CAW National Council 4000
Occupational Health and Safety

Hazardous Substances:  Multiple Chemical Sensitivity Syndrome

What is it?

If you work in a building and have symptoms like these that happen when you spend time in the building, and get better after you
go home or on the weekend, you may be experiencing the early signs of multiple chemical sensitivity:
  • Burning eyes, nose
  • Headache
  • Cough, sore throat
  • Difficulty breathing
  • Hoarseness
  • Sinus pain
  • Headache
  • Migraines
  • Fatigue
  • Difficulty concentrating
  • Difficulty sleeping
  • Memory loss
  • Nausea
  • Abdominal pain
  • Aching muscles or joints
  • Skin disorders

Unlike a cold or the flu, symptoms do not clear up within days. After weeks or months of exposure, symptoms may become chronic
and only get better after a very long time away from the building.

If this has happened to you, you could be experiencing what is often called "environmental illness" or "multiple chemical sensitivity"
or "sick building syndrome". These are all terms to describe the problems of exposures to chemicals that adversely affect our health.
Once you have been sensitized to chemicals at work, your sensitivities often broaden to a wide variety of chemicals that in the past
did not bother you. These can range from perfumes to paints, from carpets to fuels.

Which workers are affected?

Multiple chemical sensitivity can happen to workers in a wide variety of workplaces, from retail to office, from universities to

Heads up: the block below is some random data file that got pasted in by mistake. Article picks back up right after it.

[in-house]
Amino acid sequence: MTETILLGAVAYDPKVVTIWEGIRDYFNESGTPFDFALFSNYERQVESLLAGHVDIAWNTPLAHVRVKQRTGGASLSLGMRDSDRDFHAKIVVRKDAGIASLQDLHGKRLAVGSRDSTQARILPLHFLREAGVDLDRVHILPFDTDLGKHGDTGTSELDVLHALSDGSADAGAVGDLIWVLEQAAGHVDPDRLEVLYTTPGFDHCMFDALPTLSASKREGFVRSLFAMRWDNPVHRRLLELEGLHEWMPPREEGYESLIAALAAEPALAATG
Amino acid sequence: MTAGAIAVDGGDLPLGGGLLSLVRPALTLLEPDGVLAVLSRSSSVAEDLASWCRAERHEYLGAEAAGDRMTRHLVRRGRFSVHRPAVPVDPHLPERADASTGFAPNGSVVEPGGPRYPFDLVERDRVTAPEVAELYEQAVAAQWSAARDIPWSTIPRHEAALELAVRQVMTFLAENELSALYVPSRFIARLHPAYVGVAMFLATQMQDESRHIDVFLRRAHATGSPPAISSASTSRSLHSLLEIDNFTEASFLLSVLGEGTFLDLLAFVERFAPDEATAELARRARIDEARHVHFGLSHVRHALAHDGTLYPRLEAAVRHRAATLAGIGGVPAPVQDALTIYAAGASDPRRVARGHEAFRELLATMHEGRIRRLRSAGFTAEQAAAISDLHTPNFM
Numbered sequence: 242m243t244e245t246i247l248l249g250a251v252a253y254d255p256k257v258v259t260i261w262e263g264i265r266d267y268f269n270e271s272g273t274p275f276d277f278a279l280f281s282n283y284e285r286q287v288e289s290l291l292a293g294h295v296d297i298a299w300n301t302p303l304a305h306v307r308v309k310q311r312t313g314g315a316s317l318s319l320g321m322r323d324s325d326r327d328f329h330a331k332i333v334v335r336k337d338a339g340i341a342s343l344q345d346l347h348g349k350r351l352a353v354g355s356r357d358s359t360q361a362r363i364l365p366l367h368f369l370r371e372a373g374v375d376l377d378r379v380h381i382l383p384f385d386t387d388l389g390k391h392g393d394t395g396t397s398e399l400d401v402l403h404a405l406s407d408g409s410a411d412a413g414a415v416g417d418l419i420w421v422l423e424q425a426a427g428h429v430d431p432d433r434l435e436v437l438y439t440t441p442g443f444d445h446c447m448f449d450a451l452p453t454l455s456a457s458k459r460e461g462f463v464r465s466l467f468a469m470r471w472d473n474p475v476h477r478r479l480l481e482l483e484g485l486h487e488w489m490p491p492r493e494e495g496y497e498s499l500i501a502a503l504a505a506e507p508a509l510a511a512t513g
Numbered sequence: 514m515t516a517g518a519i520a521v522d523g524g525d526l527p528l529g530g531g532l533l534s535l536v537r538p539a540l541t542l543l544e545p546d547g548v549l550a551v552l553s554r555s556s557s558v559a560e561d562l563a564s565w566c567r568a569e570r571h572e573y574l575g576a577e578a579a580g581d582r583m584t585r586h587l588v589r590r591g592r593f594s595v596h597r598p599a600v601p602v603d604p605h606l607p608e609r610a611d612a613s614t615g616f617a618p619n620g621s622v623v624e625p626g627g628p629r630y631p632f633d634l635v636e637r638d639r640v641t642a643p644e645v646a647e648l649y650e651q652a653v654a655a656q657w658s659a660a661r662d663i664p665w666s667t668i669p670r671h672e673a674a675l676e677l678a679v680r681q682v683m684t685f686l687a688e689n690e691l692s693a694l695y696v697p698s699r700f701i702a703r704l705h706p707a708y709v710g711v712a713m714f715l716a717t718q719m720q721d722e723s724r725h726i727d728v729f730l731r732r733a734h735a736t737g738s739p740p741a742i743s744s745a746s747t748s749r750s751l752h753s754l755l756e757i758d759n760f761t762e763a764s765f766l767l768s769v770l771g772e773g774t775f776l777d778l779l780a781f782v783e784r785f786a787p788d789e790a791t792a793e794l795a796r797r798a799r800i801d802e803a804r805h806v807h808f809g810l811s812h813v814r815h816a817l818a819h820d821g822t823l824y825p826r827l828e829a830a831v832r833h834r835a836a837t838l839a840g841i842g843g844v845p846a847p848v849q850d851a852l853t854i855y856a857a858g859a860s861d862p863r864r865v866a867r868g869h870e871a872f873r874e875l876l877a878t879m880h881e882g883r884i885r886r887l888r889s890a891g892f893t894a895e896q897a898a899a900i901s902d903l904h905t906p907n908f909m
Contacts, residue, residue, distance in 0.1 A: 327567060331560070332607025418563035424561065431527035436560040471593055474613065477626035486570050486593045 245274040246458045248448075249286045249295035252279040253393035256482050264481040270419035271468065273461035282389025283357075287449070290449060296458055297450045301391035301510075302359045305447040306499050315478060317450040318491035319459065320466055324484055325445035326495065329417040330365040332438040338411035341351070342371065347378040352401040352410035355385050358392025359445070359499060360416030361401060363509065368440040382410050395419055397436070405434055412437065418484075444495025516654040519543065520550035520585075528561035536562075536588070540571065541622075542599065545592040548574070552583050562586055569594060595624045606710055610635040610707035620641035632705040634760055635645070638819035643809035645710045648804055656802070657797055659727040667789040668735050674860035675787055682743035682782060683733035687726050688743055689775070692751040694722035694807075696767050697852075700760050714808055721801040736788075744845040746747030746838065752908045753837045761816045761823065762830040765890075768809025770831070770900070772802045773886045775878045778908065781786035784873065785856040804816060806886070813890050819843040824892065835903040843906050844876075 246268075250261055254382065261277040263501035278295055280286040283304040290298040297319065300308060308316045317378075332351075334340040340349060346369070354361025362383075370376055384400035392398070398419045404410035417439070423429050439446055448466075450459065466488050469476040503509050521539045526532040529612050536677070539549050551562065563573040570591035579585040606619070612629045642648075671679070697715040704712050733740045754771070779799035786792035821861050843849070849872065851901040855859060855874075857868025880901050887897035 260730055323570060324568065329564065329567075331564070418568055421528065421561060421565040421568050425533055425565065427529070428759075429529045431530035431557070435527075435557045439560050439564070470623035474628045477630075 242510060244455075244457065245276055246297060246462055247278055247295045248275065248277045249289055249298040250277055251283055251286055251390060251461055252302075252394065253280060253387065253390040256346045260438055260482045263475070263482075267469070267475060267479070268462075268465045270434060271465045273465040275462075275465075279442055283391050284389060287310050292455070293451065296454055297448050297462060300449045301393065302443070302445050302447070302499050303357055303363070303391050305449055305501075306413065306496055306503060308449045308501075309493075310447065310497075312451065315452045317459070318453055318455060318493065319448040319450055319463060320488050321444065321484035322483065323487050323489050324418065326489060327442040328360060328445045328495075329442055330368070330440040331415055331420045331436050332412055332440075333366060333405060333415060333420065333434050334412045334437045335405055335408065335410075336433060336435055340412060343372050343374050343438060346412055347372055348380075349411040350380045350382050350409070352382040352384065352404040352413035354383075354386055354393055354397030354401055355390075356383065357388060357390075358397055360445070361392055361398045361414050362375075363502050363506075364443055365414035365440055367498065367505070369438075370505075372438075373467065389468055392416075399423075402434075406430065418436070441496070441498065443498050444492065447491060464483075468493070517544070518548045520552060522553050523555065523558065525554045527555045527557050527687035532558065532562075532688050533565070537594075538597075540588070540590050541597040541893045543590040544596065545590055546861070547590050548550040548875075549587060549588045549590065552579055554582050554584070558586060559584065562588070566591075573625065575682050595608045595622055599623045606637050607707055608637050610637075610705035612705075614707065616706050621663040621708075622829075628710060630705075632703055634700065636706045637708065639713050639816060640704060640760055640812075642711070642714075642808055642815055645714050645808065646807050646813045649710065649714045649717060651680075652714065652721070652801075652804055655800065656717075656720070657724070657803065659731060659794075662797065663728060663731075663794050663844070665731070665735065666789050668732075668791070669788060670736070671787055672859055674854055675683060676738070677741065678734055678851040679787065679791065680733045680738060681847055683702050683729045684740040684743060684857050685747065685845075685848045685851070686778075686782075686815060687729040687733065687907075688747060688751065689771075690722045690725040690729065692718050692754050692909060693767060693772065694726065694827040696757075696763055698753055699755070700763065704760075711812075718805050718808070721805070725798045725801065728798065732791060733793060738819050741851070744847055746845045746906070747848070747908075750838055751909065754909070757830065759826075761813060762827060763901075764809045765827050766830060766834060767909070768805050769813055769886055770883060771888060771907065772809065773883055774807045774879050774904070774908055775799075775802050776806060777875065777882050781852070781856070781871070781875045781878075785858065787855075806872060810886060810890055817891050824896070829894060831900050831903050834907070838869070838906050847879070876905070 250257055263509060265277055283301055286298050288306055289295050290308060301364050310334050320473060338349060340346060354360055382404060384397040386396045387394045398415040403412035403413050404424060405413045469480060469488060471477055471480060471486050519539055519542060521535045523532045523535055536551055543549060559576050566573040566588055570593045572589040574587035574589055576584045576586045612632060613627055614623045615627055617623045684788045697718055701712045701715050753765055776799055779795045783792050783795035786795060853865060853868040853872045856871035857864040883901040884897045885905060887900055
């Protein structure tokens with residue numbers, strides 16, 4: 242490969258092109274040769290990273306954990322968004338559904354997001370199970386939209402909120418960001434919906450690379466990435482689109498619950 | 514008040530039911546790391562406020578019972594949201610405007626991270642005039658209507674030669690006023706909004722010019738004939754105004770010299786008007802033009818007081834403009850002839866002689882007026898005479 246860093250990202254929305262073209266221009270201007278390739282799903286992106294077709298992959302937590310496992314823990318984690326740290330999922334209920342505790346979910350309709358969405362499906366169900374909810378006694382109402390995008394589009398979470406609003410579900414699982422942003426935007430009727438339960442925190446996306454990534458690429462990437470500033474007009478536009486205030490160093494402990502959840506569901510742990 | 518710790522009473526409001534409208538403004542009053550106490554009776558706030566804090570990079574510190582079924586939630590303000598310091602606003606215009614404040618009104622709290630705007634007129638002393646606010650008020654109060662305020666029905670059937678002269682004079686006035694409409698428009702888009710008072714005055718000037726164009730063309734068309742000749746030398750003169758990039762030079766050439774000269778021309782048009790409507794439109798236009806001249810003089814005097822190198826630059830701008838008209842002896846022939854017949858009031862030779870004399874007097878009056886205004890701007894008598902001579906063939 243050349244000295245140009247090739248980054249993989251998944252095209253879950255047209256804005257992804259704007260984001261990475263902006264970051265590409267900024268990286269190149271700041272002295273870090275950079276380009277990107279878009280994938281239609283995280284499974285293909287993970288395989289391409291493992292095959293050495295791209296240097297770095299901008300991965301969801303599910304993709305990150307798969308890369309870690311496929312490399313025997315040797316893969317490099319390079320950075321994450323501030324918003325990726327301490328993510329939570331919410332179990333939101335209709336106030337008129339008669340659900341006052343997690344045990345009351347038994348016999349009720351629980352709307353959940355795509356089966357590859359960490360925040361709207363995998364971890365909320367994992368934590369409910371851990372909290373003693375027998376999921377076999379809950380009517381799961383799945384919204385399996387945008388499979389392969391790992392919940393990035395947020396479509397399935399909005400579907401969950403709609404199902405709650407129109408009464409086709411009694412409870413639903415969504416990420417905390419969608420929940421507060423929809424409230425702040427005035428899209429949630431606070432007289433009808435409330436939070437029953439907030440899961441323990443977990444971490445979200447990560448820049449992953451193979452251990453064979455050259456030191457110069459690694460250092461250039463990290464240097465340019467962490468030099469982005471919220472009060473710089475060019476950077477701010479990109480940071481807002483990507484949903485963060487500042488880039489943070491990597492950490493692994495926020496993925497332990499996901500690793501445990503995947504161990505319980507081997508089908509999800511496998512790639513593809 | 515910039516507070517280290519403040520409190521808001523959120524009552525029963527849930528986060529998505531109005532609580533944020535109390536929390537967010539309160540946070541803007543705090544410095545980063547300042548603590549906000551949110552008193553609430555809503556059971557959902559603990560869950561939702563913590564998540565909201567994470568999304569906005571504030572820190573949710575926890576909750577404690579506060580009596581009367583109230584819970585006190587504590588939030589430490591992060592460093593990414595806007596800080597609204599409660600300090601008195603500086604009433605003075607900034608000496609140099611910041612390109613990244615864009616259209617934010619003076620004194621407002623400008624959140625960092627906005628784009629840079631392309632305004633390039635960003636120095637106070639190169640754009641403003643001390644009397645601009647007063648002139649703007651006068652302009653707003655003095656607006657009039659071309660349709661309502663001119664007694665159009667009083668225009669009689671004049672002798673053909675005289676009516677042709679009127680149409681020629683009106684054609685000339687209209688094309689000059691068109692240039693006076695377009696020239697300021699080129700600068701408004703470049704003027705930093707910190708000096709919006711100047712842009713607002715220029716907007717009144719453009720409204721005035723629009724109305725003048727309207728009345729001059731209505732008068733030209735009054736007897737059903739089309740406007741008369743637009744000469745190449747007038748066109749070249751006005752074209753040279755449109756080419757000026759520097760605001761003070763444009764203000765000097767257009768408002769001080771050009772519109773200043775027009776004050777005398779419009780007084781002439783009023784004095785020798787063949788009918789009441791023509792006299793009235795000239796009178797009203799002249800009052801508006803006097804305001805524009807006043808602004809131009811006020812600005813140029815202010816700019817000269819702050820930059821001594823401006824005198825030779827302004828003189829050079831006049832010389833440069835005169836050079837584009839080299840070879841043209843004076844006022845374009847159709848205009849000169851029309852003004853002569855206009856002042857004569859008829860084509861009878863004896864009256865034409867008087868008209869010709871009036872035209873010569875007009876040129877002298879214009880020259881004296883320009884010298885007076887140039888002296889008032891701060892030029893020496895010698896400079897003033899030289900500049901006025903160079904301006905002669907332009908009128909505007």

hospitals, from factories to construction. Low level exposure of chemicals given off by a wide variety of sources including solvents,
paints, cleaning products, carpets, wall coverings, photocopiers, new clothing, and medicines can result in sensitivity developing
among some people. These exposures are usually far below the maximum allowed under health and safety regulations but, since
they occur over time, the sensitivity builds up in the exposed person. Remember, these regulations were set for each individual
chemical, while we are often exposed to a "chemical soup" in workplaces. Sometimes one big exposure to a chemical can start the
syndrome.

One of the most well-known examples in Canada occurred in Atlantic Canada among the hospital workers employed at the Camp Hill
hospital in Halifax. Some of those workers, our members, are still unable to return to work. The culprit? Fundamentally, the hospital
had very poor ventilation. The ventilation system was under-designed to save the employer money.

How do we get sick?

How does multiple chemical sensitivity affect the body? We breathe in many substances, we eat food with chemical additives and
many sensitizers get into our bodies through our skin. Perfumes, soaps, shampoos, deodorants and hair sprays, for example, are
designed to be worn and used or absorbed onto and into our skin.

Our bodies have evolved through millions of years living in a chemical-free world. Recently, we have invented new chemicals that we
are biologically not equipped to handle. The chemical industry keeps inventing new products and the last thing they want is to
acknowledge that their profitable products may be causing us substantial harm.

How can co-workers help?

It is very important that individuals who do contract multiple chemical sensitivity syndrome are believed, even though we may not
know the precise chemical cause of the problem. People must be believed and reassured that it's not "all in their head".

How is it treated?

There is no real treatment for the syndrome other than removing the person from exposure to harmful chemicals. Their bodies will
heal themselves over time with rest, good nutrition, exercise when ready to rebuild unused muscles, and social support. Remember,